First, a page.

Tips to Help Your Dog With Grooming
Updated: May 10, 2022
So you have a dog and they either have never been groomed or don't like the grooming process. Whether you have a long haired breed that needs a haircut every so often or a short haired breed there are a few things that can help your dog have a good experience when being groomed.
When it comes to puppies touching your puppy all over is very important, they need to get used to having their body handled and realize that it's ok and they are safe. A great way to start this is gently taking your puppy's paw in your hand and keeping it while giving them a treat with your other hand. Doing this repeatedly helps them associate having their paws handled as a positive experience. This way it's not so scary when they're at the groomer. Another great idea is to get them used to having foreign objects touch their paw. I usually recommend people touching the paws and nails with a metal spoon while giving treats to help them not be afraid of nail trimmers touching their paws in the future. These tips are also helpful if you have a dog that doesn't like having their nails trimmed. Most of the time it is fear. Once we start to teach the dog that good things happen when getting their feet and nails done they won't be so fearful and have a less stressful experience. Starting with desensitizing them to having their paws and nails touched is a great first step. Start by gently holding your dogs paw and giving a high value treat repeatedly over and over again. It will feel daunting at first if they don't like it but when done consistently your pet will let you hold their feet and touch their nails and they'll be model citizens when getting their nails done in the grooming salon.
Maybe your dog is a long haired breed such as a Shih tzu or a Goldendoodle and they don't like having their face trimmed. A few things come in to play here. It's possible your dog is fearful of objects close to their eyes or that they don't like the sound/feel of the clippers on their head. It's also possible they don't like having their face or head held still.
To make sure your dog has a safe and less stressful experience there are a few things you can work on at home. First, if your dogs difficulty is having scissors or other objects near their eyes it's similar to the recommendation with nail trimming because we want them to associate the action with pleasant and happy things aka getting treats. So get out a metal spoon and use the handle to gently touch the eye corners or face of your dog. While doing so, give high value treats and repeat "yes" and "good" when they allow you to touch their face with it. Like the other tips this will need to be done repeatedly many times to get them to realize it's ok and they don't need to be scared. I suggest the handle of a metal spoon because it can mimic scissors without risk of cutting during the training process. If they don't allow you to touch their face with a spoon you can also use your fingers and hands to start to get them to feel more comfortable.
Sometimes they don't like the clippers near their face. A way to desensitize them and get them more comfortable with this is, you guessed it, positive reinforcement. I suggest using an electric toothbrush or perhaps you have a beard trimmer you can remove the blade from. I suggest removing the blade for safety as well as not to have any unwanted haircuts. Using the electric toothbrush or bladeless beard trimmer you want to let the dog investigate the sound while you give treats. Once they are comfortable with that you can touch the top of their head with the toothbrush handle or beard trimmer handle. It's important to continually give high value treats the entire time the device is on so that they can become comfortable with the sound as well as the feeling of the vibration. This is also a good tip if they have trouble with the clippers anywhere else on their body as well. Letting them get used to the sounds and feelings is exactly what your groomer will do with a new puppy as well.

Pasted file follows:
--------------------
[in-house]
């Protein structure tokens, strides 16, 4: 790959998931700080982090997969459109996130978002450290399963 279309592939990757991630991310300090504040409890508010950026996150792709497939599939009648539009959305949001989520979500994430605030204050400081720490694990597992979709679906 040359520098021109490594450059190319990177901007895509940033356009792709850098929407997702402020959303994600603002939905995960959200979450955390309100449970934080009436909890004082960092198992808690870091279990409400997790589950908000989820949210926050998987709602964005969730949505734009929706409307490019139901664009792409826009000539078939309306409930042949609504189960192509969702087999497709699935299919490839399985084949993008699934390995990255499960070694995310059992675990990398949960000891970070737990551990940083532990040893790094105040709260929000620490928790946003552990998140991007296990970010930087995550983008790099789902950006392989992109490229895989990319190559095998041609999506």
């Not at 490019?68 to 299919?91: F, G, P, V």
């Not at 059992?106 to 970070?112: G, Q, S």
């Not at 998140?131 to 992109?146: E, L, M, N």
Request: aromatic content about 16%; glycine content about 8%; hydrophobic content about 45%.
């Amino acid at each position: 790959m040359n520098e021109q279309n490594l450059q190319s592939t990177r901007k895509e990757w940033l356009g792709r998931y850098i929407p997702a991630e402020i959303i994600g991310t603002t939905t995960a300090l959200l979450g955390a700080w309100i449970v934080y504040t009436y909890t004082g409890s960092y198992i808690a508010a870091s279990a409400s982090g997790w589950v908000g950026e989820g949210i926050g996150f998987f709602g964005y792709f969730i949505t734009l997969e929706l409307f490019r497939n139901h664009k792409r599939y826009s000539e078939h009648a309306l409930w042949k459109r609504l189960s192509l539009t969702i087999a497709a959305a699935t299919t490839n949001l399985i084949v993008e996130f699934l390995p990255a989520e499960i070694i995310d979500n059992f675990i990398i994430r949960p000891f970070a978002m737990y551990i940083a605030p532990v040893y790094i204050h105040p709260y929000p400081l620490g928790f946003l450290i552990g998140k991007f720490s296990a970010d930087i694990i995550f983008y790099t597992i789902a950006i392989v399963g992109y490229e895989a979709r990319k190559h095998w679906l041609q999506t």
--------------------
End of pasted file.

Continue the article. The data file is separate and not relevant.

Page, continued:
Perhaps your dog doesn't like having their face or head held still. When your groomer is trimming the hair around the face it's important that your dog's head is held still for safety. Sometimes this is done by cupping the chin or gently holding the hair under the chin. Whatever the method, some dogs just don't like it. What you can do at home to help get them used to it is, again, giving the high value treats while doing the process. Gently scooping your dogs head up and having them hold it there while giving treats is what you want to do. If you have a long haired breed gently holding the hair at the bottom of their chin while treating and repeating "yes" and "good boy/girl" will start to make a world of difference.
These are just some of the common issues that I see daily in the grooming salon and tend to get asked about. When I work with dogs who have similar issues, I'm doing the above tips and trying to gain the dogs trust. However, if it's not consistent sometimes it doesn't get better. If you work on these things at home your dog will have a better experience and your groomer will surely thank you! If you have any questions or need advice for your dog please feel free to call or message us. We're always here to help and we'll be able to work on a plan with you to get your dog trained and groomed like a pro. :) Our training phone number is 269-815-0196 and our grooming phone number is 269-815-0162 or click the "lets chat" button on this page to contact us.
-J & K